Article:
At Grischino and Krasnoarmeiskoye the battle continued unabated. Wiking had now been joined by the two regiments of the 333rd, and Gille’s artillery was hammering the Russian rear areas. In addition, the Soviets were now running short of supplies.
Although Henrici’s XL Panzer Corps had its various units involved in several actions stretching from Kramatorsk to Krasnoarmeiskoye, he still had the opportunity to disrupt the supply line to the 4th Guards Tank Corps. Armored reconnaissance companies fought running battles with Soviet supply columns trying to make their way south, and the roads were soon littered with flaming trucks. The hit-and-run tactics of the Germans struck as the Russians were spread out in single file and usually ended with the destruction of most of the supplies.
Poluboyarov, growing desperate, ordered the 9th Independent Guards Tank Brigade to try and breach the closing ring around Krasnoarmeiskoye. The 9th hit the Westland Regiment north of Krasnoarmeiskoye near the village of Rovny. More than a dozen tanks with mounted infantry pierced the German line and made a push toward the center of the village.
The regimental commander, SS Sturmbannführer Erwin Reichel, had just taken over after SS Sturmbannführer Harry Polewacz was killed in combat. Reichel ordered a battery of 88mm guns supported by Panzergrenadiers into the center of Rovny as the Soviets approached. When the Russians reached the interior of the village, the 88s destroyed almost all of the tanks. The stunned Russian survivors fled, leaving 12 blazing hulks and dozens of dead behind.
“Throw Everything in”
Vatutin was not about to give up on Group Popov. Gathering all available reserves, the Soviet general sent them to reinforce the spearhead at Krasnoarmeiskoye. When word was received that Russian reinforcements were headed south, new orders were sent to the scattered German forces of the First Panzer Army. The Wiking and the 11th Panzer Division were told to halt their attacks on February 14 and attempt to pin down the Russian forces at Krasnoarmeiskoye and Kramatorsk. Meanwhile, the battle to hold the Slavyansk area would continue. Von Mackensen also ordered Henrici to use whatever resources necessary to keep pressure on the supply columns following the reinforcements heading toward Poluboyarov’s 4th Guards Tank Corps.
Henrici angrily replied to the order, “What am I supposed to use? My men are stretched to the limit already.”
“Just do it,” von Mackensen replied. “Throw everything in. I don’t care how you do it—just get it done!”
While things were strained in the First Panzer Army, the situation around Kharkov was at a critical stage. By February 10, Golikov’s 40th and 69th Armies were battling on the outskirts of the city, with the recently arrived II SS Panzer Corps putting up fierce resistance. Bitter fighting raged for the next five days, and Hitler personally intervened, ordering the corps commander, SS Obergruppenführer (Lieutenant General) Paul Hausser, to hold the city at all costs.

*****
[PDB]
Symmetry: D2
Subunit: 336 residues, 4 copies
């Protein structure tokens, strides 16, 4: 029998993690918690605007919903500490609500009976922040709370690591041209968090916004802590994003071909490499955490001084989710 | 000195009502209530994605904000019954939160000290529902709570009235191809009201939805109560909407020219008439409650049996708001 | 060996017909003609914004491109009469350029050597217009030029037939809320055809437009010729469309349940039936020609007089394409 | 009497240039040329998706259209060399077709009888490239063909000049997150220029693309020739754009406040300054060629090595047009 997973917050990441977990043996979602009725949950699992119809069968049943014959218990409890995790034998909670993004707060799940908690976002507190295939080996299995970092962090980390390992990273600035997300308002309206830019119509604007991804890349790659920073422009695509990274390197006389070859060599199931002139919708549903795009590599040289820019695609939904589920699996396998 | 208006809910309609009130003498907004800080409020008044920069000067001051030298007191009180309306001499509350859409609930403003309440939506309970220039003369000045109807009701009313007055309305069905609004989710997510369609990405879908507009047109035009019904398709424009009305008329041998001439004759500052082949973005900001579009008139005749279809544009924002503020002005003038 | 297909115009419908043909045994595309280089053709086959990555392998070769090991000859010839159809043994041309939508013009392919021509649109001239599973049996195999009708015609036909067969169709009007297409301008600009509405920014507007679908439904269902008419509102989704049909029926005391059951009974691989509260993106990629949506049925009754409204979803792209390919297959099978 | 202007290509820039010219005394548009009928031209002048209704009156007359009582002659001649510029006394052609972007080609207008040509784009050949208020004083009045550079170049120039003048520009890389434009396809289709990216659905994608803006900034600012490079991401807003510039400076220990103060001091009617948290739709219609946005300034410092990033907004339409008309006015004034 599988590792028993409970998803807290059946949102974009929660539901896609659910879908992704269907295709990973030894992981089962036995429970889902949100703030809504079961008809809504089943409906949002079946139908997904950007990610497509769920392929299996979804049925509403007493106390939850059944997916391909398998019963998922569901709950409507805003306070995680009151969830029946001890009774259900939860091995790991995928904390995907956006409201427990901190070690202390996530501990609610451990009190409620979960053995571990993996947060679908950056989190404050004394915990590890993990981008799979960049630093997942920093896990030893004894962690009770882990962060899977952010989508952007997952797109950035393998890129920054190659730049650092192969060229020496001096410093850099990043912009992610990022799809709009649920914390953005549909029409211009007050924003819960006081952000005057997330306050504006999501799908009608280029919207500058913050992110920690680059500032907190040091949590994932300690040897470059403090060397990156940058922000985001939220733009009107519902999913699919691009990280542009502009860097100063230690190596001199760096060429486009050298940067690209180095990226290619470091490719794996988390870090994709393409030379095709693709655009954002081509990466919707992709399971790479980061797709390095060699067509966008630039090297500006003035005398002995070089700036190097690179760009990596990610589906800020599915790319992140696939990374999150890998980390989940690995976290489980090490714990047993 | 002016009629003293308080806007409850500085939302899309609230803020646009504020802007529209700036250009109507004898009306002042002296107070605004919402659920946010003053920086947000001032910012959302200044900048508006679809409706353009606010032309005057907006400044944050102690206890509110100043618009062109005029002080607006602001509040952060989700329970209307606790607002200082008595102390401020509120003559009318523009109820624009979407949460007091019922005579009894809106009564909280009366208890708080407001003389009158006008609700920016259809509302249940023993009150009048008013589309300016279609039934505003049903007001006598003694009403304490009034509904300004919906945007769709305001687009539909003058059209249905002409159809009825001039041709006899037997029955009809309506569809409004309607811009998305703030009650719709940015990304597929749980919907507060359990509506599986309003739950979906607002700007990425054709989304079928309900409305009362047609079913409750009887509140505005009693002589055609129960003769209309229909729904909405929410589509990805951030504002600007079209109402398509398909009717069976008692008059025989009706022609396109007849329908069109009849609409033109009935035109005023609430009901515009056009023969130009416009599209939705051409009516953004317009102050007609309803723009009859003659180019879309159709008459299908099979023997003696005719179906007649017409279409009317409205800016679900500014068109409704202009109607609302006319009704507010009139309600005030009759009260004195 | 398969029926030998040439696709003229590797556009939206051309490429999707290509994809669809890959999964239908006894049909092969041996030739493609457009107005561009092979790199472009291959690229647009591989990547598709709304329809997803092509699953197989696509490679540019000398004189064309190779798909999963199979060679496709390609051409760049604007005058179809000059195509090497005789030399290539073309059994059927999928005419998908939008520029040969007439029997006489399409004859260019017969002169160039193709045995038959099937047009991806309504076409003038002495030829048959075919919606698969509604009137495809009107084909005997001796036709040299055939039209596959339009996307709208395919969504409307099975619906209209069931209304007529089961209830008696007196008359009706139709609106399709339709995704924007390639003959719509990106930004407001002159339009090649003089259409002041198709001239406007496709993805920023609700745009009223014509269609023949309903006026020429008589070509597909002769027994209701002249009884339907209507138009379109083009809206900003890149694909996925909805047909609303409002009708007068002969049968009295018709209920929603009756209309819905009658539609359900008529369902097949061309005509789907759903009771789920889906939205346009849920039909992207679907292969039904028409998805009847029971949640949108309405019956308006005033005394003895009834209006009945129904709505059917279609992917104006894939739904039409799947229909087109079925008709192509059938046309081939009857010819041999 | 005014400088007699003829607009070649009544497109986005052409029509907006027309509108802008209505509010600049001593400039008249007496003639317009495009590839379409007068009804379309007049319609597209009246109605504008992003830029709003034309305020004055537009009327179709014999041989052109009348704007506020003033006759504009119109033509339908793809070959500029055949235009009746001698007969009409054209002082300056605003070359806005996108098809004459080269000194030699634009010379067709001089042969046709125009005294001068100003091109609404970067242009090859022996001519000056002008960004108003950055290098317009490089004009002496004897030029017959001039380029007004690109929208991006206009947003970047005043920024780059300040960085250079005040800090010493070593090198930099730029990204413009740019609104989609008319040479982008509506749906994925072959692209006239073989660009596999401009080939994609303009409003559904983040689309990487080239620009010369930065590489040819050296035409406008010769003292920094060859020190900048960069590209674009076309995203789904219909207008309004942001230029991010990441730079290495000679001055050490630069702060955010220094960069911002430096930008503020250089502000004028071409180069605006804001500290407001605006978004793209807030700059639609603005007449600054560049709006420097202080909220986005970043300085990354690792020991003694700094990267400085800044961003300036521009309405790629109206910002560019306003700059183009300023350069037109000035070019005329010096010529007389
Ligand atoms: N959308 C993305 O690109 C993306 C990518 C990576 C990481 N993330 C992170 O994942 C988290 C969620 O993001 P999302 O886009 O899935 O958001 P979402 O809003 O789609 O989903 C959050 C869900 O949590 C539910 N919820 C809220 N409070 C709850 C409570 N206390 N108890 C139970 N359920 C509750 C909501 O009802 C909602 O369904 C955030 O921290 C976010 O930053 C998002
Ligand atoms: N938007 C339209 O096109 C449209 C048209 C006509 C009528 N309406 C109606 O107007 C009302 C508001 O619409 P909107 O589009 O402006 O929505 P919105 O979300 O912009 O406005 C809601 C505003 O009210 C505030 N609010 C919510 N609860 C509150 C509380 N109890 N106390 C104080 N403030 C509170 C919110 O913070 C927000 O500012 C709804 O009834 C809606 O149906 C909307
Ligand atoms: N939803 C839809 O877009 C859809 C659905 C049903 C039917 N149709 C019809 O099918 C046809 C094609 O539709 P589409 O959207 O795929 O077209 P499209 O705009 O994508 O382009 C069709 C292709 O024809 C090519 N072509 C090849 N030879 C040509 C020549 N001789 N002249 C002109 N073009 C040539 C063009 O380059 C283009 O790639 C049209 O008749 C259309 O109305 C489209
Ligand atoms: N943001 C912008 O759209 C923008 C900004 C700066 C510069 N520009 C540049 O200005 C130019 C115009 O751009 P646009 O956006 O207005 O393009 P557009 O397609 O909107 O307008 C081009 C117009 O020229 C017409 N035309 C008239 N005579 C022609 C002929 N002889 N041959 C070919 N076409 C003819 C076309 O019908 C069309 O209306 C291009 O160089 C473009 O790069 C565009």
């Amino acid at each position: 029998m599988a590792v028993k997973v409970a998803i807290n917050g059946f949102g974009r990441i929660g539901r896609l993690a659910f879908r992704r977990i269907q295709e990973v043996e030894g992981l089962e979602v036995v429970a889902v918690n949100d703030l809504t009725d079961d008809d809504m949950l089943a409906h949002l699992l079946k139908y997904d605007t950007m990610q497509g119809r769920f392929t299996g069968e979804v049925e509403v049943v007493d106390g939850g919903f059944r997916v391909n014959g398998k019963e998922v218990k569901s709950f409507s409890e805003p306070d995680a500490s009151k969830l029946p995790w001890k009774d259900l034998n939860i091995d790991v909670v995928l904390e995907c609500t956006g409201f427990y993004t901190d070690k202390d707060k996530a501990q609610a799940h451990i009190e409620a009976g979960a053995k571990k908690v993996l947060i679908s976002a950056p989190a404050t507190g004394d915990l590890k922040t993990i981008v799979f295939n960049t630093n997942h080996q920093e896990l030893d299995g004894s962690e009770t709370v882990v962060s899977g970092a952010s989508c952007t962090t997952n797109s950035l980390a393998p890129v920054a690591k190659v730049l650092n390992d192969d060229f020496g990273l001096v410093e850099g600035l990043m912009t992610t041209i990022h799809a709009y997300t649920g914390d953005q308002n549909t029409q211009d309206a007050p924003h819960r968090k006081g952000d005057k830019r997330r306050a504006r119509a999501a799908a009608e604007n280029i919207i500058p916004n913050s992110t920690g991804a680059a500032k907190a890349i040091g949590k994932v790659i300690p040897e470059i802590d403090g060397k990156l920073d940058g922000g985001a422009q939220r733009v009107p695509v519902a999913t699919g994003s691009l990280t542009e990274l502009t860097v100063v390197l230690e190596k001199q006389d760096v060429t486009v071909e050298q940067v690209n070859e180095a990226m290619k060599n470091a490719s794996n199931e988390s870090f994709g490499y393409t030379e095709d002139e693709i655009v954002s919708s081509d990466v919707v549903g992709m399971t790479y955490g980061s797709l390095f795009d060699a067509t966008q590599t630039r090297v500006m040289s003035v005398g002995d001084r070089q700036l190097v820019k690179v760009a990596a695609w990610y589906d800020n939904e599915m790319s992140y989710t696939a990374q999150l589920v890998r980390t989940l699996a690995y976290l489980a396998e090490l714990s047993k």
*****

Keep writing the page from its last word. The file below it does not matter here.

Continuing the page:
Infuriated at what amounted to a death sentence for his men, Hausser disregarded the order and pulled his SS divisions out of Kharkov, forcing other defending German units to disengage as well. On February 16, Golikov reported to Moscow that Kharkov was once again in Soviet hands.
A Quartermaster’s Nightmare
Logistically, both sides were facing a quartermaster’s nightmare and both the German and Soviet commanders were in dire straits. With Kharkov gone and the Russians occupying Grischino and Krasnoarmeiskoye, the only supply line open to the First Panzer Army and Army Abteilung Hollidt was the railway that ran through Zaporozhye. The task of supplying German units by this route was hampered by the fact that a main bridge spanning the Dniepr River, destroyed during the 1941 Soviet retreat, had not yet reopened. Supplies had to be unloaded from trains and reloaded to trucks and wagons before making their way farther eastward.
Group Popov was in a similar situation. Reinforcements were trickling in to the 4th Guards Tank Corps but supplies were a different matter. Von Mackensen’s orders to Henrici were being carried out by ad hoc units and units taken away from their parent regiments. Although the Soviet armored columns came under some fire as they strove to reach Krasnoarmeiskoye, the supply formations continued to bear the brunt of the German attacks.
Some good news came to Vatutin on February 16 when the rest of the 7th Panzer Division, finally ordered to give up its defense of Slavyansk, pulled out and headed toward Krasnoarmeiskoye. Units of the First Guards Army finally were able to occupy the entire town, but the victorious Soviets were in no condition to pursue the 7th. The 3rd Panzer Division quickly lengthened its lines to cover the 7th as it raced southwest to join elements of the division already engaging Gagen’s 4th Tank Corps.
Von Manstein’s Plan to Take Kharkov
On February 17, Hitler flew to meet von Manstein at Zaporozhye. Not one to mince words, von Manstein laid out the situation as follows: “Army Abteilung Hollidt had just occupied the Mius River Line, followed closely by the South Front. For the time being, the line could be effectively defended.”
The First Panzer Army had halted the Soviets at Grischino and Krasmoarmeiskoye, but the issue there had still not been decided. Von Mackensen’s panzer army was also still involved in heavy fighting at Kramotorsk, Lisichansk, and the Slavyansk area, with the issue in all three sectors still in doubt. The forces retreating from Kharkov, now gathered under Army Abteilung Kempf, were withdrawing southwest toward Poltava and the Mozh River.